We have exciting news about two AGU scientists: Lora Koenig, President-elect for the Cryosphere Sciences Section, and Zoe Courville were featured this morning on the StoryCorps segment of NPR’s Morning Edition program, which airs on hundreds of public radio stations across the nation, in an interview about how they work to balance their love of science and motherhood and the challenges that come with it. Lora and Zoe’s interview was …

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7 March 2018

In Celebration of National Groundwater Awareness Week

By Scott Tyler, AGU President-elect Hydrology Section and Professor in the Department of Geological Sciences and Engineering and adjunct Professor in the Department of Civil and Environmental Engineering at University of Nevada, Reno

This week marks the 19thannual National Groundwater Awareness Week, established in 1999 by the non-profit National Groundwater Association to bring public awareness to the water “beneath our feet.”  The themes of this year’s awareness are “Tend, Test and Treat,” referencing the need to recognize the value and potential vulnerability of groundwater, the necessity of monitoring groundwater – both its quality and quantity –  and finally to use our science and …

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1 March 2018

In Celebration of Women’s History Month: The Door is Open

By Robin Bell: President-elect American Geophysical Union and Palisades Geophysical Institute (PGI) Lamont Research Professor at the Lamont-Doherty Earth Observatory at Columbia University.

This year, I decided to watch my carbon footprint so instead of driving to our off-the grid cabin for a long weekend, I took a bus. Bus connections are not perfect. So, the next thing I knew, I was standing in a museum looking at portraits of suffragettes and anti-suffragettes. The white dressed suffragettes stared straight at me holding their umbrellas with messages like “Come March with Us” and “Rain …

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12 February 2018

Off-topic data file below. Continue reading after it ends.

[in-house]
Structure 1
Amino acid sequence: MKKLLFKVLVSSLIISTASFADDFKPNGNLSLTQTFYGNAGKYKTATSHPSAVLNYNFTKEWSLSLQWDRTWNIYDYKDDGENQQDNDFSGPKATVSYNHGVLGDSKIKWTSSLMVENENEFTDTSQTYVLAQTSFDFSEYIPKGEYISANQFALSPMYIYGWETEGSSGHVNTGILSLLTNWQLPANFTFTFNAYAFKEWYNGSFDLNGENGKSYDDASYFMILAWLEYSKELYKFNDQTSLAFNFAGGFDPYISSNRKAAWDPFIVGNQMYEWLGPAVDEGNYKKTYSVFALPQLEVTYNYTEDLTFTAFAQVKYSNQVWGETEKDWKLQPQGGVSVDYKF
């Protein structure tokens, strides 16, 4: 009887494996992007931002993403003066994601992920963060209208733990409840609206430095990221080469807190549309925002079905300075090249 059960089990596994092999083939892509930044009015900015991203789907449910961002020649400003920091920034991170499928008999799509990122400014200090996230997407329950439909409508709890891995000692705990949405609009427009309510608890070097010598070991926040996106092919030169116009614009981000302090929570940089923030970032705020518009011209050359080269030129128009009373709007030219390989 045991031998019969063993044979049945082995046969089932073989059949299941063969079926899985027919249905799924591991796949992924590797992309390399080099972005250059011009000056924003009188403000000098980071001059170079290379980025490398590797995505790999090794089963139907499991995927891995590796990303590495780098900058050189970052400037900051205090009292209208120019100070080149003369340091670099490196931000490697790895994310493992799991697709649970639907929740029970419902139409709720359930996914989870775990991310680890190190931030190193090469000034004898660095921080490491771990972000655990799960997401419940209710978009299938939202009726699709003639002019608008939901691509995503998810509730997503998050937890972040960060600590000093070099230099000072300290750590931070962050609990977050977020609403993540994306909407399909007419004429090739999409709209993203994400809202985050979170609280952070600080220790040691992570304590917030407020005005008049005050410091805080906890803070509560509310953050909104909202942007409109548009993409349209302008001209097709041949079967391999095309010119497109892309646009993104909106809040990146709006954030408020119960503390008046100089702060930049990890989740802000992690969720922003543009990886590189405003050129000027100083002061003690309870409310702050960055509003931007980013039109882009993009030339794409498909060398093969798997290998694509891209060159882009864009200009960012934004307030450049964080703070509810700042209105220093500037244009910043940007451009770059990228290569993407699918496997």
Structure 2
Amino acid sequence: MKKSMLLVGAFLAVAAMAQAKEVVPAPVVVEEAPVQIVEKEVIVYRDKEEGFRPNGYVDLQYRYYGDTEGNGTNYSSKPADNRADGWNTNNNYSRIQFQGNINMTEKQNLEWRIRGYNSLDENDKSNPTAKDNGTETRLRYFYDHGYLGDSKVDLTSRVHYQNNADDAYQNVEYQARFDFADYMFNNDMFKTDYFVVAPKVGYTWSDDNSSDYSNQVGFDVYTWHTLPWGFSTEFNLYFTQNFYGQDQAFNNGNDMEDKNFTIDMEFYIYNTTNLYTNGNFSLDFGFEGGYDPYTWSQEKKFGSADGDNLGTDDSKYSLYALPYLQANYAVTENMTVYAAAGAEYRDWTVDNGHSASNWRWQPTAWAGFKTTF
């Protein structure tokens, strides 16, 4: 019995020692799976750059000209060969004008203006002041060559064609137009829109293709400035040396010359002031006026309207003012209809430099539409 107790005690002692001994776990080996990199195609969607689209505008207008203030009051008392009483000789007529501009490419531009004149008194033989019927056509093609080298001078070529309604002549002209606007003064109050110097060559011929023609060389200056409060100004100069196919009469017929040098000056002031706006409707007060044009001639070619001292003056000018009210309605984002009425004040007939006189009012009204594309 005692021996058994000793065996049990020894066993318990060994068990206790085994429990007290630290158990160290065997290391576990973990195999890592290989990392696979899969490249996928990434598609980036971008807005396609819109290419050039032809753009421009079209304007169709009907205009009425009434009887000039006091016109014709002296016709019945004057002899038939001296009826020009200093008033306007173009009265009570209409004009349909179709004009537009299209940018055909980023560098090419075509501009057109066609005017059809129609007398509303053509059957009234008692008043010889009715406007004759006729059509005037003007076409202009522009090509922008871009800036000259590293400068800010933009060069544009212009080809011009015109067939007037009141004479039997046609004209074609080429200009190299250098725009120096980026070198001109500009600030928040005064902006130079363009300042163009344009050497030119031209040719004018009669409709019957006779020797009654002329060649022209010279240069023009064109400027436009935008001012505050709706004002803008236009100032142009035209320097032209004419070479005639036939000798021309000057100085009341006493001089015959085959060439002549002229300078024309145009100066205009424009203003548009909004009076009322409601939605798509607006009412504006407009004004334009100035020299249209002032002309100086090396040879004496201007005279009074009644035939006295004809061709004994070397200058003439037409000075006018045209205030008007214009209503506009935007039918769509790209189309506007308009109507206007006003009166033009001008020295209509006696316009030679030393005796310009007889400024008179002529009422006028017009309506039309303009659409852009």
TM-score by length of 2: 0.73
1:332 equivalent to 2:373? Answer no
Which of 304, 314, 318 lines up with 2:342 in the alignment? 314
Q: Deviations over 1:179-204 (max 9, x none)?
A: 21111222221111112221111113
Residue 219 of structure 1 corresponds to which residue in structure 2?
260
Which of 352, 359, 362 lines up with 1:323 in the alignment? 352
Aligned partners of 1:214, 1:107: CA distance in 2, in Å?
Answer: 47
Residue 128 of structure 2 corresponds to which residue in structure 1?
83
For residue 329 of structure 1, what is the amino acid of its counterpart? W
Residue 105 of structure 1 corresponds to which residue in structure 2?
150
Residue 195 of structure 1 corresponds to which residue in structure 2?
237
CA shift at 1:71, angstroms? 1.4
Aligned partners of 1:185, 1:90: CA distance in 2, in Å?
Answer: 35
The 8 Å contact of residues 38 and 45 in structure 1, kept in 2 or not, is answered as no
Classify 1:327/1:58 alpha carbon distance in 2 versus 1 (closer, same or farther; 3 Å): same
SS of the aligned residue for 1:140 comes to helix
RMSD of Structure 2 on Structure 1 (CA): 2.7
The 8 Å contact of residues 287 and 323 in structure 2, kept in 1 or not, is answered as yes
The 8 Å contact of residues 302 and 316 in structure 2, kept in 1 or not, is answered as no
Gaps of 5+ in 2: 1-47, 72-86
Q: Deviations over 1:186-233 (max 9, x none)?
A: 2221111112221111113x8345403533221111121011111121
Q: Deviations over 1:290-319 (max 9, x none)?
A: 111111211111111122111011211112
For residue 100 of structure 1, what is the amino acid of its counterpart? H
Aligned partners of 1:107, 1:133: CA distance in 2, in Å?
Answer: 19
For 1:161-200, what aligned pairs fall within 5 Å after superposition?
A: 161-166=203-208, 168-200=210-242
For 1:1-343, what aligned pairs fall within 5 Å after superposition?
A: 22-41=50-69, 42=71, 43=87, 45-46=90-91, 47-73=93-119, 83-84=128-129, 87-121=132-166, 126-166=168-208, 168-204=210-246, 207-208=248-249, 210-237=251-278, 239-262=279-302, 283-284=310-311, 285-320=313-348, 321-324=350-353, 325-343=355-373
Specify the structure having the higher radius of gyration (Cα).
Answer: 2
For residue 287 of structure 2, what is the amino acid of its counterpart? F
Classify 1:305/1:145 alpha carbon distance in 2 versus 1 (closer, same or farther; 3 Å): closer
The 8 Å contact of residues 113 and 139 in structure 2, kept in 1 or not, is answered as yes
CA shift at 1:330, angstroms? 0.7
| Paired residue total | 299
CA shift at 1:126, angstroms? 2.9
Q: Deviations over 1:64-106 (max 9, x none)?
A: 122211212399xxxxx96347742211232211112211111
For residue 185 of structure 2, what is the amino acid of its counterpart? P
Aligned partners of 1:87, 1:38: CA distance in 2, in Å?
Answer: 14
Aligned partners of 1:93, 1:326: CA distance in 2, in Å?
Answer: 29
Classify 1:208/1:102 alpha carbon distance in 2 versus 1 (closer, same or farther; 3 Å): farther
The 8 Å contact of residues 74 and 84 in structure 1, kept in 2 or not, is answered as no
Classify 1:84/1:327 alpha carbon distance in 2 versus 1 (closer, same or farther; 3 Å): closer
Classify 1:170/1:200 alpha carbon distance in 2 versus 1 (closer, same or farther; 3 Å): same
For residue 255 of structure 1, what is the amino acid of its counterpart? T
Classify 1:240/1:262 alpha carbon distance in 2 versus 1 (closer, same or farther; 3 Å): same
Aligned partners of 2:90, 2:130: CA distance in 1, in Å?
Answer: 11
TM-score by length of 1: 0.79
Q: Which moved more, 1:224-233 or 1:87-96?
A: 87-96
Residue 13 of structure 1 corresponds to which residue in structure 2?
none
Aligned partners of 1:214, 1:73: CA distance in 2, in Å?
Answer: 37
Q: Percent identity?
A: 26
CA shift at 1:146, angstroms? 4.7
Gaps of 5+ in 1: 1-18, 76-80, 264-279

President Trump’s Proposed 2019 Budget Would Damage the Scientific Enterprise and the Nation

Headshot of Chris McEntee

Today, President Trump unveiled his proposed budget for 2019. Included within this proposal are steep increases in defense spending and infrastructure, much of which comes at the expense of funding for the federal scientific agencies that provide the technical expertise to realize the President’s policy priorities. The NSF would be flat funded, receiving no increase in funding to support their pivotal, basic research 19.63% cuts to NOAA programs including coastal …

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International Darwin Day: Back to the Future – The Continued Descent of Humans

By Dr. Brandon Jones, Member of AGU Board of Directors and Program Director for the Education and Diversity Efforts in the National Science Foundation’s Geosciences Directorate

Not many ideas in Western culture have generated as much enlightenment and simultaneous division as the concepts Charles Darwin outlined in On The Origin of Species and The Descent of Man. The idea that variation and natural selection drive evolution is the main reason people get flu shots every year or need ramped up antibiotics for recurring infections. Pretty simple stuff really. The division sometimes is revealed during discussions about …